Summer Milky Way
22 Jul 2012
This week we cover another basic concept in astronomy, the Milky Way. And by the time we are finished you will either want to go outside and observe for yourself, or fire off an email. Or both. Here we go!
Since humans have walked the Earth they have observed a distinct band of light on the starry canopy overhead, one that can be seen all year long.
For the longest time no one knew what it was but it did make its way into countless myths. How could something that majestic and awe-inspiring not be included in the great stories?
We of course call it the Milky Way, derived from the Latin "via lactea," given us by the Romans. But what is it really?
Well, believe it or not, we didn't have a full grasp of the true nature of the band of light until these last centuries.
The great telescopes of the last couple hundred years first helped us here by seeing that the Milky Way consisted of literally countless stars which were just like the thousands of individual stars we see every night.
The fact that it was a band of light all around us in every direction implied at least that it was a huge disk of stars, not a random scattering. But were we in the middle of this disk or off to a side somewhere?
It turns out that some very clever men at the beginning of the 20th century discovered that we are actually not in the center; we are off to one side. The center of the starry disk is some 27,000 light years away, over near the constellation Sagittarius. But even though the center of the galaxy is far more populated with stars, it doesn't look that much brighter over there. Why? Because there is so much interstellar dust from eons of supernova explosions that it blocks much the light of those stars.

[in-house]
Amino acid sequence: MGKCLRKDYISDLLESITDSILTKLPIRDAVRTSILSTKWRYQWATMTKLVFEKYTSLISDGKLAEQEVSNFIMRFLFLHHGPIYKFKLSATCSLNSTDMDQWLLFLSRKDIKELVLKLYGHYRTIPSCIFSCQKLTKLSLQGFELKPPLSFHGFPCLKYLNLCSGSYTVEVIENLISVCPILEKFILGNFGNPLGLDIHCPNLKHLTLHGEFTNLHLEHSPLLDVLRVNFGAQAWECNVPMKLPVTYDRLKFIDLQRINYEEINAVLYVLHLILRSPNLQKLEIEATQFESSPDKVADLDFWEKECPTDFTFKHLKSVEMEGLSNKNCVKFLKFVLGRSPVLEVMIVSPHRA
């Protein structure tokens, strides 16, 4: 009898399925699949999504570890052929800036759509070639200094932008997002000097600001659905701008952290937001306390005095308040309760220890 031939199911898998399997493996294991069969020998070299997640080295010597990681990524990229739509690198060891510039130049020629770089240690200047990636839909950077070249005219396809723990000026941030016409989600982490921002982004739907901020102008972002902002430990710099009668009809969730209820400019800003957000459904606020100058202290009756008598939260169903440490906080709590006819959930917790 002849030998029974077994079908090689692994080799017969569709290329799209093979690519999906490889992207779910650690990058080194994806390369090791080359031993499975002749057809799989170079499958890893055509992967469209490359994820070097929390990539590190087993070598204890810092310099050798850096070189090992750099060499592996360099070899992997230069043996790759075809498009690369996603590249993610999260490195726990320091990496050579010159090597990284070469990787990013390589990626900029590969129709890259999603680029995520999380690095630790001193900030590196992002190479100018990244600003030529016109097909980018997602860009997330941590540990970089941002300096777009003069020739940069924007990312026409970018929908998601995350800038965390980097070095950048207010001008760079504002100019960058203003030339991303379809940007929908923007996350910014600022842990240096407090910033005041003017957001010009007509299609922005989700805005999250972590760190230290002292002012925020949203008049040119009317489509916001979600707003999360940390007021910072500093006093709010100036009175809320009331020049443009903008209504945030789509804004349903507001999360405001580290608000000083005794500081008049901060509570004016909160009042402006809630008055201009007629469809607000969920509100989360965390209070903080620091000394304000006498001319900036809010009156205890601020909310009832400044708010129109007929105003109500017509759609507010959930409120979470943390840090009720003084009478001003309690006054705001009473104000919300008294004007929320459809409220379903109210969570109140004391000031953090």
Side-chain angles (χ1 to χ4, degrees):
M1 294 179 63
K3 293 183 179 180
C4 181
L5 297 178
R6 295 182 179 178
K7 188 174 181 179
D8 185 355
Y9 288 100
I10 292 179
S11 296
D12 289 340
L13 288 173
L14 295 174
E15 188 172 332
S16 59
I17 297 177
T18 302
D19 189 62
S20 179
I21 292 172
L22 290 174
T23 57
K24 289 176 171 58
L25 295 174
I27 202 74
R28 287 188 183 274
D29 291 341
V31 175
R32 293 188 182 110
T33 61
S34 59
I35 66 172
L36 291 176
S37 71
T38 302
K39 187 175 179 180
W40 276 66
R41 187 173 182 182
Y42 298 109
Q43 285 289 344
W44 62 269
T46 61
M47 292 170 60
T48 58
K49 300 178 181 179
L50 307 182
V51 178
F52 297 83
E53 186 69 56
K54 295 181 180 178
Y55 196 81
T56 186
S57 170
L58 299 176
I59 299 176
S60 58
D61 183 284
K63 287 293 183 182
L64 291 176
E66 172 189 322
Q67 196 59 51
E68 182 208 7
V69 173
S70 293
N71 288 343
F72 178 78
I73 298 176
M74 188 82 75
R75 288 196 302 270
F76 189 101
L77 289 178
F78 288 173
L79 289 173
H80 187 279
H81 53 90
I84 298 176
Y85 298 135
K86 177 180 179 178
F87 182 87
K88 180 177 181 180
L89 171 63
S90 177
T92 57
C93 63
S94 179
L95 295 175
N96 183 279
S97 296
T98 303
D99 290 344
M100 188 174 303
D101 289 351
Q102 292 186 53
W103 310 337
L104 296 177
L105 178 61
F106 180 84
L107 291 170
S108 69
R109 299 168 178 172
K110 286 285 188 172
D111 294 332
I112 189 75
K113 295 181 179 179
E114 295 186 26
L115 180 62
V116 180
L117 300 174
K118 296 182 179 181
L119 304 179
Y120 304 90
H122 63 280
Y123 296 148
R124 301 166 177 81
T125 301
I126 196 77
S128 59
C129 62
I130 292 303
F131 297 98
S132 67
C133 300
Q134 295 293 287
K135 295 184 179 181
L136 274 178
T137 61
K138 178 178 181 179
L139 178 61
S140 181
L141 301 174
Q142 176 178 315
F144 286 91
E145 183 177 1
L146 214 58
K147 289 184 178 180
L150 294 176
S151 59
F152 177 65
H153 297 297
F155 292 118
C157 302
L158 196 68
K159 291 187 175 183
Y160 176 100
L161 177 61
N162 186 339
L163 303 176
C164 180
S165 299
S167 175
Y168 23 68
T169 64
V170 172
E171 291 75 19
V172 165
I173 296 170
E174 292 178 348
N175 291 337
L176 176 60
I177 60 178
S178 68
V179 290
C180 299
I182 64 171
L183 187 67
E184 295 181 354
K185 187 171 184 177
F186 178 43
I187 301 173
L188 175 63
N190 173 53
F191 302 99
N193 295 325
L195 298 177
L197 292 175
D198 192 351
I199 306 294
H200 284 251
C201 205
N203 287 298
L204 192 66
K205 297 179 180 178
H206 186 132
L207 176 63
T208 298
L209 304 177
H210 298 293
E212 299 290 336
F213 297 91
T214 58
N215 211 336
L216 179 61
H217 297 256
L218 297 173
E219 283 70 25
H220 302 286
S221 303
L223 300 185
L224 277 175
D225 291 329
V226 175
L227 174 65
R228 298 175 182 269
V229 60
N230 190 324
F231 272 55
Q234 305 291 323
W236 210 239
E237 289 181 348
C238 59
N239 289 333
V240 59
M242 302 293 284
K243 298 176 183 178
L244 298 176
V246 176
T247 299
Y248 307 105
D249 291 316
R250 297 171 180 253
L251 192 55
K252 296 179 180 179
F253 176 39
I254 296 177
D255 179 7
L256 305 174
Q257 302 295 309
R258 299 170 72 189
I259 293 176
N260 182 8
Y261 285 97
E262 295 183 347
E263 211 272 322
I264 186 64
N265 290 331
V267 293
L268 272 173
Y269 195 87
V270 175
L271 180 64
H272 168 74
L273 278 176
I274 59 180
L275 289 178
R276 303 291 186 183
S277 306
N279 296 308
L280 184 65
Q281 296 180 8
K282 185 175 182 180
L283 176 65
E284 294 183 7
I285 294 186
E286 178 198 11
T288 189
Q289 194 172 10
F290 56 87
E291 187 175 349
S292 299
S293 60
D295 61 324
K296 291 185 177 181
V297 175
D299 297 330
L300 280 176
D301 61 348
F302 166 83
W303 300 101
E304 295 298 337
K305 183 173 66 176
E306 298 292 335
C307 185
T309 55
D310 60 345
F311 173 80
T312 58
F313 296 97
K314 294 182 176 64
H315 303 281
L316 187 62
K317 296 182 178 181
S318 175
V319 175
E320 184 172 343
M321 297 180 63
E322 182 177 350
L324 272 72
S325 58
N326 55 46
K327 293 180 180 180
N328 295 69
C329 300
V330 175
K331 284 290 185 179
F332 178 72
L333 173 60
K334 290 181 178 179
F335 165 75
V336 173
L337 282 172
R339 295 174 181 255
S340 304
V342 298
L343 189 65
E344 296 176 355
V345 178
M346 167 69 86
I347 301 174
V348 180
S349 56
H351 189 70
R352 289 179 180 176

It was also discovered through some special laws of physics and the way light behaves that the disk was swirling around this center like water around a drain, and that the swirling disk had arms.
The glorious band of light we call the Milky Way is actually a spiral galaxy, seen edge-on, teeming with hundreds of billions of stars. We see it best during summer because our night skies are aiming towards the star-rich inner sanctum. During winter our night skies are directed towards the scanty outskirts.
Go out and take a look tonight after the Moon sets. Let your eyes adapt for 10-15 minutes then, starting in the southern skies where it is brightest, follow the great white way overhead into the northern skies. It is a stunning, awesome sight.
What's that? Your skies are too light polluted to see it? Try and get out to the desert this summer. In the meantime, you can email International Dark-Sky Association (darksky.org) and ask what you can do to reduce light pollution in your area before we tragically lose the Milky Way for this next generation.